You might be hurting as a result of experiencing rejection, but consider the source. People are flawed and they will always disappoint on some level. The closer they are to you, the more it will hurt. But that hurt has a silver lining. To every ying is a yang, and to every example of imperfect relationships is the proof of love – the consistent, trustworthy, and all-consuming love of God.

Don’t focus on what is behind. Keep your focus forward. You need not look any farther to find the One who not only wants you, but loves you… exactly as you are. No strings. No conditions. Just His love. Of course, there is so much more available when we choose to love Him back. He gives us all an invitation to abide in Him (John 15:4), find rest (Matthew 11:28), and learn from Him (Mark 1:17). Best of all, is the invitation to spend eternity in His loving presence (John 3:16). An eternity where rejection leaves no wounds and acceptance is the sweet perfume of Heaven.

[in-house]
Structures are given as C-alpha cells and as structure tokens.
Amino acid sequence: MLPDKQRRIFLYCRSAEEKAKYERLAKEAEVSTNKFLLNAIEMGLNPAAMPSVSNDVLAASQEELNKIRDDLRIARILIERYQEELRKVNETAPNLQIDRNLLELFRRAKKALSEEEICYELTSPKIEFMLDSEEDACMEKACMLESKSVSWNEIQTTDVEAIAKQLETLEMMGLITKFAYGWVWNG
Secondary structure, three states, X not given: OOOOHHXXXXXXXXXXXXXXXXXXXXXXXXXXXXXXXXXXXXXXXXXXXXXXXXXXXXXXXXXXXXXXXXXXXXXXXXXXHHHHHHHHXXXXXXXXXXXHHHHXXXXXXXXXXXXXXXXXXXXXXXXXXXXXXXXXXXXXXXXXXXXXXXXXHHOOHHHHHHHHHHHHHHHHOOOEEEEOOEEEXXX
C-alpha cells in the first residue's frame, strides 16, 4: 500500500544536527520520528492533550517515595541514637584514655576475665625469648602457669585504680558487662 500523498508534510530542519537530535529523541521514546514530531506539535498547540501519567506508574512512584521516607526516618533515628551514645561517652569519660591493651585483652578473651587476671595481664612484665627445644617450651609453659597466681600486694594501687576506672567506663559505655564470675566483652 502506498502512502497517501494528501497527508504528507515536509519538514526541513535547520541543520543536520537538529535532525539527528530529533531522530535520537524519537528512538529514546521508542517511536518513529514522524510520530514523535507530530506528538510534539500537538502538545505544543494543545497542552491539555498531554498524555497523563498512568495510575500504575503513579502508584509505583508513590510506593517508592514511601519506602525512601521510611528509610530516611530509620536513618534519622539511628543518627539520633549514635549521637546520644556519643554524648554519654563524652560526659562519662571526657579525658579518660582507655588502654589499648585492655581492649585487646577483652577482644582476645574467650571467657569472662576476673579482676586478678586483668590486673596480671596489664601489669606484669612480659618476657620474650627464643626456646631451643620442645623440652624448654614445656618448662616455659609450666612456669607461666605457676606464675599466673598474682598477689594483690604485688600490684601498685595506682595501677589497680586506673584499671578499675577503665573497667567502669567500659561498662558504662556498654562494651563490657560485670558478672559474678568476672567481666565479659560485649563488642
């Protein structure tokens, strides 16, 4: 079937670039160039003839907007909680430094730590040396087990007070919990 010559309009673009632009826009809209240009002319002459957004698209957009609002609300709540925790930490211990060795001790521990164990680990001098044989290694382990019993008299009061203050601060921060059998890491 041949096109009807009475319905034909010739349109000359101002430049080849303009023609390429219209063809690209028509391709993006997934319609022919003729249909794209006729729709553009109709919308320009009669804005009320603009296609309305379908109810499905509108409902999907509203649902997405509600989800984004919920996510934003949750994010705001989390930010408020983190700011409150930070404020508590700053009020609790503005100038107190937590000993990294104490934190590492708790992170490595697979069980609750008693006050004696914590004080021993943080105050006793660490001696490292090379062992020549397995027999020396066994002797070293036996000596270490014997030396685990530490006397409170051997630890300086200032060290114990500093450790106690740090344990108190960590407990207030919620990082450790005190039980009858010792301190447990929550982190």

Cherished One, I pray you can feel the loving arms of Jesus wrap tightly around you as you drink in love letters from the King of kings. Forgive those who reject, and allow God’s love letters to heal your heart and give you hope of what is real for you today, and what is to come. He will be with you always, to the ends of the earth (Mark 13:27, Psalm 98:3).

“The Lord Himself goes before you and will be with you; He will never leave you nor forsake you. Do not be afraid; do not be discouraged.” Deuteronomy 31:8

Be blessed,
C.K.

Scar Tissue

We all have scars. Some visible. Some not so visible. Webster’s Dictionary defines a scar as “a mark remaining after injured tissue has healed.” I want to look today at a verse in Psalms and share something beautiful that I hope makes you look at your scars differently.